By Pfc. Kelly LeCompte, 30th HBCT PAO, MND-BJuly 21, 2009
BAGHDAD - The nearly 900 Soldiers of the 252nd Combined Arms Battalion, 30th Heavy Brigade Combat Team, joined a select group when they received the coveted combat patch July 19.
The North Carolina National Guard Soldiers were bestowed combat patches on the right sleeve of their uniforms at ceremonies throughout the battalion's area of operations.
The patch, which is the brigade's traditional Old Hickory patch, represents a deployment to a combat theater.
"It's a way for Soldiers to show they have served their country in a combat zone and in theater, whether they're out there fighting the enemy house-to-house, or whether they're support personnel pushing supplies so those troops can continue to fight," said 252nd CAB Command Sgt. Maj. David Smith, from Winston-Salem, N.C.
"It's another way to continue our heritage, to show we are continuing our lineage. The 30th Division, what they started, is still alive through us," he said.
The Soldiers of the Fayetteville-based battalion received their combat patches the day after the 30th's 92nd anniversary.
Old Hickory, then called the 30th Infantry Division, was founded on July 18, 1917, for service in World War I. It comprised National Guard units from North Carolina, South Carolina and Tennessee.
It was transformed into the 30th Infantry Brigade in 1974, and became the 30th Heavy Brigade Combat Team following its return from a year-long deployment in Iraq in 2005.
Now, the brigade is made up of Soldiers from North Carolina and includes a battalion from West Virginia. About 4,000 Soldiers from the brigade will receive their patches this month.
Brigade and battalion leadership participated in the ceremonies with the companies' commanders and first sergeants at Joint Security Stations Doura and Saydiyah, both in southern Baghdad; and at Forward Operation Base Falcon, located at Baghdad's southern edge.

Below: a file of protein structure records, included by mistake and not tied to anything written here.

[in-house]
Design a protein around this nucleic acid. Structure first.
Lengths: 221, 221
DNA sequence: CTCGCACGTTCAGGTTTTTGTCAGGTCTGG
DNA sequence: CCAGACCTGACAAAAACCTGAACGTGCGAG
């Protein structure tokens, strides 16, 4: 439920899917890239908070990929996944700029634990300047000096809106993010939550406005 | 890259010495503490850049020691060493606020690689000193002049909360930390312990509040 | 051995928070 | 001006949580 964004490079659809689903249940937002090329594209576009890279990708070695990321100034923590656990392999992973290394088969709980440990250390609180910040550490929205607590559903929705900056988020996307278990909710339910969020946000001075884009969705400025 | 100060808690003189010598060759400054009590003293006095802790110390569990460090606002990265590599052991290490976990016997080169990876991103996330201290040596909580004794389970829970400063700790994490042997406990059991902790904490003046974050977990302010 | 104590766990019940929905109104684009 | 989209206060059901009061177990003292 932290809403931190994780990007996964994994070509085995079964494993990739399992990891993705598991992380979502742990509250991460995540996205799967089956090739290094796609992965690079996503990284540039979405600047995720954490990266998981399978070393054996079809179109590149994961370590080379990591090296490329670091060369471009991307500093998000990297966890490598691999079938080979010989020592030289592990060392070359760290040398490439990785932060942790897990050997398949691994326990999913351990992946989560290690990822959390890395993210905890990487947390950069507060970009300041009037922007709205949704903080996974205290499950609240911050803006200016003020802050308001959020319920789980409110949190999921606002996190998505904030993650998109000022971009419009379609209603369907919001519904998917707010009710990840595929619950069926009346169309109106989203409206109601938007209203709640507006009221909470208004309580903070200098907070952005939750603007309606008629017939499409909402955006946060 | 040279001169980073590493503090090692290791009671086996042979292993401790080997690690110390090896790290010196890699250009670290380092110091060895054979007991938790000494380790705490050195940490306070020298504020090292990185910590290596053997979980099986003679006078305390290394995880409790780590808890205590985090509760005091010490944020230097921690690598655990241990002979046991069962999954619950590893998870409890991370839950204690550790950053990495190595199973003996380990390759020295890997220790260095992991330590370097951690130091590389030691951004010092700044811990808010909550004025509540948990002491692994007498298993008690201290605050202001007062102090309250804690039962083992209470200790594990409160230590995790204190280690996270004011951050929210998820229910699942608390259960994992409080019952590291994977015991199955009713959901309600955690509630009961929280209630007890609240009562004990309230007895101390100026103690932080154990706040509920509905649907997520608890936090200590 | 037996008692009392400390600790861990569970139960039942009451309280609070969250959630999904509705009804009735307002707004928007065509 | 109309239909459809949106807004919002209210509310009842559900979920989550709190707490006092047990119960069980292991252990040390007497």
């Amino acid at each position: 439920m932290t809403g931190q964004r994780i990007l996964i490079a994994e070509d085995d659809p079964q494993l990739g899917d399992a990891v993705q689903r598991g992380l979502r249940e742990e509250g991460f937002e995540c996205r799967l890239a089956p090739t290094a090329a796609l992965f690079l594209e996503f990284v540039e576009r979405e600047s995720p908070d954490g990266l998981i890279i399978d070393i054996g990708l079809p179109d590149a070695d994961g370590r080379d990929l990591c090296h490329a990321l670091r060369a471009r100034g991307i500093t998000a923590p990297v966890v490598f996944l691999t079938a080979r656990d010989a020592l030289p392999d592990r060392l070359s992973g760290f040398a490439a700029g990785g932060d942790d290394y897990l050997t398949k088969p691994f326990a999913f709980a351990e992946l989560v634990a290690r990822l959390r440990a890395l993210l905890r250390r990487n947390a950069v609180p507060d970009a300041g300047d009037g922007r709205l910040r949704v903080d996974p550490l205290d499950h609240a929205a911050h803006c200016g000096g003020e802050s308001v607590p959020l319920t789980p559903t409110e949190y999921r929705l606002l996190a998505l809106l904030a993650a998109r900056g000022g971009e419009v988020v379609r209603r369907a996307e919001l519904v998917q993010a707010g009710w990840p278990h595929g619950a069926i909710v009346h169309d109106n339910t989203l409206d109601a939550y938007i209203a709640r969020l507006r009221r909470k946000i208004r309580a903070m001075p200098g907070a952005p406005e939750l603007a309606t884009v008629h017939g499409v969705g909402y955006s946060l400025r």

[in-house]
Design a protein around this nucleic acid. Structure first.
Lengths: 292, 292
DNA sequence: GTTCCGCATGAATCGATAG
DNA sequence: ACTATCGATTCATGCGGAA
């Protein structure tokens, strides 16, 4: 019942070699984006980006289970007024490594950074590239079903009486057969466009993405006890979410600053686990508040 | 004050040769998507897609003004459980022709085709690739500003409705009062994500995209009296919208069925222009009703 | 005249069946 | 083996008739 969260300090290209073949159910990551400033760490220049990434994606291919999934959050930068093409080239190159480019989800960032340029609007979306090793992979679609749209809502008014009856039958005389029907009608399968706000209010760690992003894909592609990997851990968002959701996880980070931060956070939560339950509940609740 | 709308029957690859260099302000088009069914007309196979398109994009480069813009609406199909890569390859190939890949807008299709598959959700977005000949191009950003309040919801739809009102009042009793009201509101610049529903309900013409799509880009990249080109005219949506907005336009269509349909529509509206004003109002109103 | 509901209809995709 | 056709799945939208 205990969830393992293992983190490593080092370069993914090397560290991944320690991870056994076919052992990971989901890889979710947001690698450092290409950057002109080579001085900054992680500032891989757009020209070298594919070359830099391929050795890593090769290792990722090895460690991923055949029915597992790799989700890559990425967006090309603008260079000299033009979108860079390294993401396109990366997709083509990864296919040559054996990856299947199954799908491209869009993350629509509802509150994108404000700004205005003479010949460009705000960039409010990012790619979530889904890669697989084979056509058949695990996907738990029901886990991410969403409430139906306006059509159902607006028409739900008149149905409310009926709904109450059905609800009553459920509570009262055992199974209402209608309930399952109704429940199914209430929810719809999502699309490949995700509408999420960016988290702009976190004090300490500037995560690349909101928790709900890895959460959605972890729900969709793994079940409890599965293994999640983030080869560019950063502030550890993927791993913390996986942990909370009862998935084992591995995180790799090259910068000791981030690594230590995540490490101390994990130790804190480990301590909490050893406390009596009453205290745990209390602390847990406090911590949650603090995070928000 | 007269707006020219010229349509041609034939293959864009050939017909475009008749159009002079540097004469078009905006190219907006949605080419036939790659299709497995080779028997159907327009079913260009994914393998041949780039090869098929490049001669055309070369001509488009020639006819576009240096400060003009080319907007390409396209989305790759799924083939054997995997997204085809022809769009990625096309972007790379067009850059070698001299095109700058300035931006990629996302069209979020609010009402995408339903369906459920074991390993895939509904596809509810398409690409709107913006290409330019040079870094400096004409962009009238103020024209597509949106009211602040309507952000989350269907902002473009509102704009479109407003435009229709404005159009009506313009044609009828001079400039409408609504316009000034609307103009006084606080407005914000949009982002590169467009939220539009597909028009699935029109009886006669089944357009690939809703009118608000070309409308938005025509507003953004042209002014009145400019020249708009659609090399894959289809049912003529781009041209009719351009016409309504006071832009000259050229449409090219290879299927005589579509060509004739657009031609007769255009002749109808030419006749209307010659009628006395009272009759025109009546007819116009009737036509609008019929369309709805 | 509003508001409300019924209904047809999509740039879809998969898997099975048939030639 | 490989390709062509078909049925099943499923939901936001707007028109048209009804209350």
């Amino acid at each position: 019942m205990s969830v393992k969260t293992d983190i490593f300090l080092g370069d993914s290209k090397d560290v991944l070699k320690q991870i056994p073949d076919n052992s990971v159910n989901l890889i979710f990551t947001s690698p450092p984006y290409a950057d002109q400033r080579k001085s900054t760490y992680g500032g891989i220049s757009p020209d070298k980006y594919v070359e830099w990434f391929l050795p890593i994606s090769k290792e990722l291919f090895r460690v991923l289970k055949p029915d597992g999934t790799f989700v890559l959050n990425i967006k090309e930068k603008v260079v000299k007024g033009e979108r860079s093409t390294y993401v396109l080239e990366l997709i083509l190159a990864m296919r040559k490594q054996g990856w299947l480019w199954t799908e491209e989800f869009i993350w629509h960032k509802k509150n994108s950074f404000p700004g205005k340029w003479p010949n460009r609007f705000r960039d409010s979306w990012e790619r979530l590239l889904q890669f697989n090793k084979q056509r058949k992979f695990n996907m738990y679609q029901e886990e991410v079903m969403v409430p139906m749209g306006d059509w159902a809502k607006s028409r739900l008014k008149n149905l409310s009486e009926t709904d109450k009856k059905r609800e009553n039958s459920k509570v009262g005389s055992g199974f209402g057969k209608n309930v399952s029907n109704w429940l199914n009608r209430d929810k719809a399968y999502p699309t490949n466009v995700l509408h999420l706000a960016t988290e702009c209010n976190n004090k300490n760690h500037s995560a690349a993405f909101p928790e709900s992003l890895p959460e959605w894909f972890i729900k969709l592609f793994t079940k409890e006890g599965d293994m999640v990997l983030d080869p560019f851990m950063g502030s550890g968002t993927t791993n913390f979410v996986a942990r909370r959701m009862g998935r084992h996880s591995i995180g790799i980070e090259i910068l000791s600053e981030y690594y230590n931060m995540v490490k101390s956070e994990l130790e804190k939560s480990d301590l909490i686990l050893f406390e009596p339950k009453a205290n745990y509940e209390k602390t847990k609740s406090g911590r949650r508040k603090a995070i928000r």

"I feel especially proud for the new Soldiers, because I know how it was when I first got my combat patch," said Staff Sgt. Donald Greene, an infantryman on his second deployment. "It was a great feeling and I really felt like I deserved it, and it made me feel like what I was doing was worthwhile."
The Richsquare, N.C., native serves with the Williamston, N.C.-based Company A.
This is the first deployment for Spc. Angel Macias, the company's senior medic. He said he is proud not only to be part of the brigade's history, but his own family's as well.
"Every male in my family has been in the military and now I can go home and feel like I kept the family tradition going," said Macias, of Fayetteville, N.C.
Spc. John Coley, of the Lumberton, N.C.-based Headquarters and Headquarters Company, is also on his first deployment.
"It's an honor, this being my first deployment," said Coley, who hails from Raleigh, N.C. "Now I feel a little more connected to everyone else that has been in a combat zone before."
Staff Sgt. Brian Harvey, who is on his second deployment as an infantryman with the Smithfield, N.C.-based Company B, agreed this strengthens their bonds.
"I think it's a positive reassurance to the guys who this is their first deployment," said Harvey, from Raleigh, N.C. "I think it gives them a sense of pride. For guys like me that have been here before, it brings them into the brotherhood of guys that have deployed."
"They become part of a team," said Sgt. 1st Class Bradley Palmer, a Clayton, N.C., native with Headquarters and Headquarters Company. "About half of the platoon had prior deployments, the other half didn't, and I think this brings them in completely as part of the platoon now.
"Every time you walk by now and somebody sees you with one, they know you've been somewhere, and it's a pretty big deal," said Palmer.